MP3 track of the day: A way of life – The Last Samurai
Weather: raining in the morning, with it easing in the afternoon. The temperature was so cool that I got to wear my jacket for the first time this trip (again just an observation, not a complaint)
I awoke at the usual time of 8am. I opened my curtains to find that the heavens were open and it was raining hard. I ignored this fact and got ready knowing that my morning would be spent inside. Once ready I went down to the kitchen to update my blog and upload my photos. The kitchen has the best Wi-fi reception within the hostel, so every update has come from there; each time I've been in there the owner has too, and each time he's tried to offer me something to either eat or drink. Eggs, fruit, coffee, vegetables you name it, he's offered it. I've always declined (usually to do with the fact that the food seems to stay out all day, with no cover and flies buzzing around) however this time he offered me a cool can of orange soda. I gratefully accepted and his face beamed as finally, he'd found something which I liked. I opened the can and got down to updating my blog and uploading my photos (whilst watching the Japanese woman’s football team beat the French to give them a place in the Olympic final … good on them).
By noon I'd finished updating my blog. I put my PC within my room and went into town for lunch. Just like two days ago town was buzzing and every shop was open; I went into the restaurant which was full two days ago, and found a seat. A nervous looking waitress came over to me to take my order; I could she her anxiousness physically drain from her face as I ordered my meal in Japanese. Very quickly my 'katsu-curry' came and I woofed it down trying not to waste time. As I was finishing my meal a lady came over to me and asked where I lived; I've start to say Miyako because its funny to see the look on peoples faces. She said that she still feels for the tsunami victims, to which I replied that I shared her pain. After that I paid for my meal, told the waitress that it was delicious (in Japanese) and left heading towards my hostel and my car.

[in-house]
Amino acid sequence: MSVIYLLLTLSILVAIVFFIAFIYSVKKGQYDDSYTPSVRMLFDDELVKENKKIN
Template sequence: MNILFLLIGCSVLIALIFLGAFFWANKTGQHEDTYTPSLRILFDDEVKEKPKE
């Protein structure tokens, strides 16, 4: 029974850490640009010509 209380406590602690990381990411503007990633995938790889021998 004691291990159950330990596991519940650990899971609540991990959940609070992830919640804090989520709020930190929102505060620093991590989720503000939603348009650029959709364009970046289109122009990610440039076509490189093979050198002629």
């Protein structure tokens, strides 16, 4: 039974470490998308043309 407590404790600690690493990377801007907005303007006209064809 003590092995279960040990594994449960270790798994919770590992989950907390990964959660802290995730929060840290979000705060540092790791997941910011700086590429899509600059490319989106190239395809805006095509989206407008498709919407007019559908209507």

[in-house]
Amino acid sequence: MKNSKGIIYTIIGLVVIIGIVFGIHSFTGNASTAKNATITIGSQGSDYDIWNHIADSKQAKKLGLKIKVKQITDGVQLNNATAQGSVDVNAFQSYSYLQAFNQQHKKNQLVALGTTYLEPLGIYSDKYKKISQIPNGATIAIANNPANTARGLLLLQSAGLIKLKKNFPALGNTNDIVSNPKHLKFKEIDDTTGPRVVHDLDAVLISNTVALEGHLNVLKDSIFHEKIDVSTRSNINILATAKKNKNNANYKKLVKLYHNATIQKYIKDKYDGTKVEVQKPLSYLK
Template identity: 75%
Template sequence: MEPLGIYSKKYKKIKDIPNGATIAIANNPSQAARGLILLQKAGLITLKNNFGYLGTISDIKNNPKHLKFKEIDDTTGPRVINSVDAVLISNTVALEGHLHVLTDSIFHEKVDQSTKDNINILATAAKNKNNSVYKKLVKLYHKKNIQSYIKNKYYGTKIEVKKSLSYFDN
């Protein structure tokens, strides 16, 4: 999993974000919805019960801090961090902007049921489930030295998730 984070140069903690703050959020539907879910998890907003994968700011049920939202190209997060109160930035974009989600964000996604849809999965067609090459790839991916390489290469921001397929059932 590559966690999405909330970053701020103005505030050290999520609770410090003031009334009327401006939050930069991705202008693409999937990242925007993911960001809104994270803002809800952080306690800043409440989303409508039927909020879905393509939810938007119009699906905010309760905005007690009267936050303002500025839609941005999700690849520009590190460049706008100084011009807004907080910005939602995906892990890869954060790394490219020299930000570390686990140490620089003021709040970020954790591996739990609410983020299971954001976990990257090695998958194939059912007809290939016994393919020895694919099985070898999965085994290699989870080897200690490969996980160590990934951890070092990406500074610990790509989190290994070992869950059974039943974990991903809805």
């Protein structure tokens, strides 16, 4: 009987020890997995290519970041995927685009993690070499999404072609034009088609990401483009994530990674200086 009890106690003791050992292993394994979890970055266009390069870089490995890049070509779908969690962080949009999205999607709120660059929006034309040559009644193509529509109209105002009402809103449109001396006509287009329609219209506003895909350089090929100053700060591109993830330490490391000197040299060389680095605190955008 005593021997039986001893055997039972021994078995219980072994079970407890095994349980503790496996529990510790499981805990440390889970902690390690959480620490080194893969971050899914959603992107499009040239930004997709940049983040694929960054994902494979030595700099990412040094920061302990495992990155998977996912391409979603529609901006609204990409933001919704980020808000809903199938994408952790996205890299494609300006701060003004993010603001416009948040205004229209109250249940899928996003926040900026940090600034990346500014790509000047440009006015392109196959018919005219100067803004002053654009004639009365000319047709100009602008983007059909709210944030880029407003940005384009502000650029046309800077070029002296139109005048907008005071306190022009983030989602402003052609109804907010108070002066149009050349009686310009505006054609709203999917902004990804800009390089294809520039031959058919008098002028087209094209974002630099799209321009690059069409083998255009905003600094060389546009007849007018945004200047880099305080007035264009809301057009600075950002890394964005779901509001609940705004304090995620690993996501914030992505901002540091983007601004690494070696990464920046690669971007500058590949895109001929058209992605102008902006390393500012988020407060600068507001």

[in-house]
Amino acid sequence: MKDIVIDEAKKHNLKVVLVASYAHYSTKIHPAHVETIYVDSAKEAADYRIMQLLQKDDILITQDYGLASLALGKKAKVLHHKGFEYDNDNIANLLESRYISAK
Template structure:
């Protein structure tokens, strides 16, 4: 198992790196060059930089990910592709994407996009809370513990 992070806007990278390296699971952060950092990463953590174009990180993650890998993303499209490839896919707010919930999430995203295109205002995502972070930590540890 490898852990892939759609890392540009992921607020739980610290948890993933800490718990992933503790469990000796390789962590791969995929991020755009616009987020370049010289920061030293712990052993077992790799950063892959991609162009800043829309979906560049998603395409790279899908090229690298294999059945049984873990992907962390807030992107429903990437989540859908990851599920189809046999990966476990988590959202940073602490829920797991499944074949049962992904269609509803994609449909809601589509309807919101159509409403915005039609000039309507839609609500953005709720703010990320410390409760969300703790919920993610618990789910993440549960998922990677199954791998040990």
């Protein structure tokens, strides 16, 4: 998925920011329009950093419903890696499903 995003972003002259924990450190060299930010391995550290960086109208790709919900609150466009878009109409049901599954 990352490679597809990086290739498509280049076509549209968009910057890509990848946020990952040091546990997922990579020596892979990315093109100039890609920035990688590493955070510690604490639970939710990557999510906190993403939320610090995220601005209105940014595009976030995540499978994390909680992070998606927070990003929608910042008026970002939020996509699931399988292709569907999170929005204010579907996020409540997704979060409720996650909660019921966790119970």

Today I would be hiking up the Oirase valley; a 'must do' according to my guidebook. The hike took place along a river, which is located on the east side of the lake; I therefore drove around the lake and parked up at the end of the hike. Earlier today I had decided two things; firstly that I would do the hike in the afternoon and secondly that I would do it backwards. The reason for this was all to do with the 'Japanese tourist buses'.Yesterday morning, while on my way to Aomori, I had driven up this valley where I met a sea of badly parked coaches. I worked out that most 'day trippers' must do the hike in the morning, before heading into town for lunch. The 'day trippers' would also be walking towards the lake, whereas I'd planned to walk away from it; this meant that if I did meet any tour groups, it shouldn't be for long. The only downside of this plan was that I wouldn't have enough time to complete the hike; it was three hours each way and, as the time was 1pm, realistically I only had time to go halfway before walking back to my car. I put my boots on, locked my car and hit the trail.